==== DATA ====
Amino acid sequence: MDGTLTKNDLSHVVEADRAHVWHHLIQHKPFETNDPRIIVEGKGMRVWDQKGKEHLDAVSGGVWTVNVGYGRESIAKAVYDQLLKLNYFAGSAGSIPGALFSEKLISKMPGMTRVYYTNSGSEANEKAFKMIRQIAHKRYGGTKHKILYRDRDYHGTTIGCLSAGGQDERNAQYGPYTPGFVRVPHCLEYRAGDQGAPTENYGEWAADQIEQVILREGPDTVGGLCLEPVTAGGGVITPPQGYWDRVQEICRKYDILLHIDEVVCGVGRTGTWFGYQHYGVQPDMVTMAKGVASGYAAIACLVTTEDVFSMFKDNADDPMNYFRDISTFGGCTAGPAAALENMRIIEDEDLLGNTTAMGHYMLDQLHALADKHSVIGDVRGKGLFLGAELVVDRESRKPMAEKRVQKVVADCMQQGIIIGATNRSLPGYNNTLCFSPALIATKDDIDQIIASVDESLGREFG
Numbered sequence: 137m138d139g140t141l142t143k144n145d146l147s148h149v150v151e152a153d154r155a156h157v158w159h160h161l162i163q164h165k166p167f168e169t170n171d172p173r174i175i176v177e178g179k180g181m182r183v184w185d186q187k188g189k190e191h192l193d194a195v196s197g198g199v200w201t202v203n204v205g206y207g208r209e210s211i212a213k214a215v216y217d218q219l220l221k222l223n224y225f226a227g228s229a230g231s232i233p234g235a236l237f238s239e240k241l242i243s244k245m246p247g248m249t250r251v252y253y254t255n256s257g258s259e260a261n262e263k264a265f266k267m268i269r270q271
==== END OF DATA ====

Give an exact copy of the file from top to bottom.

Amino acid sequence: MDGTLTKNDLSHVVEADRAHVWHHLIQHKPFETNDPRIIVEGKGMRVWDQKGKEHLDAVSGGVWTVNVGYGRESIAKAVYDQLLKLNYFAGSAGSIPGALFSEKLISKMPGMTRVYYTNSGSEANEKAFKMIRQIAHKRYGGTKHKILYRDRDYHGTTIGCLSAGGQDERNAQYGPYTPGFVRVPHCLEYRAGDQGAPTENYGEWAADQIEQVILREGPDTVGGLCLEPVTAGGGVITPPQGYWDRVQEICRKYDILLHIDEVVCGVGRTGTWFGYQHYGVQPDMVTMAKGVASGYAAIACLVTTEDVFSMFKDNADDPMNYFRDISTFGGCTAGPAAALENMRIIEDEDLLGNTTAMGHYMLDQLHALADKHSVIGDVRGKGLFLGAELVVDRESRKPMAEKRVQKVVADCMQQGIIIGATNRSLPGYNNTLCFSPALIATKDDIDQIIASVDESLGREFG
Numbered sequence: 137m138d139g140t141l142t143k144n145d146l147s148h149v150v151e152a153d154r155a156h157v158w159h160h161l162i163q164h165k166p167f168e169t170n171d172p173r174i175i176v177e178g179k180g181m182r183v184w185d186q187k188g189k190e191h192l193d194a195v196s197g198g199v200w201t202v203n204v205g206y207g208r209e210s211i212a213k214a215v216y217d218q219l220l221k222l223n224y225f226a227g228s229a230g231s232i233p234g235a236l237f238s239e240k241l242i243s244k245m246p247g248m249t250r251v252y253y254t255n256s257g258s259e260a261n262e263k264a265f266k267m268i269r270q271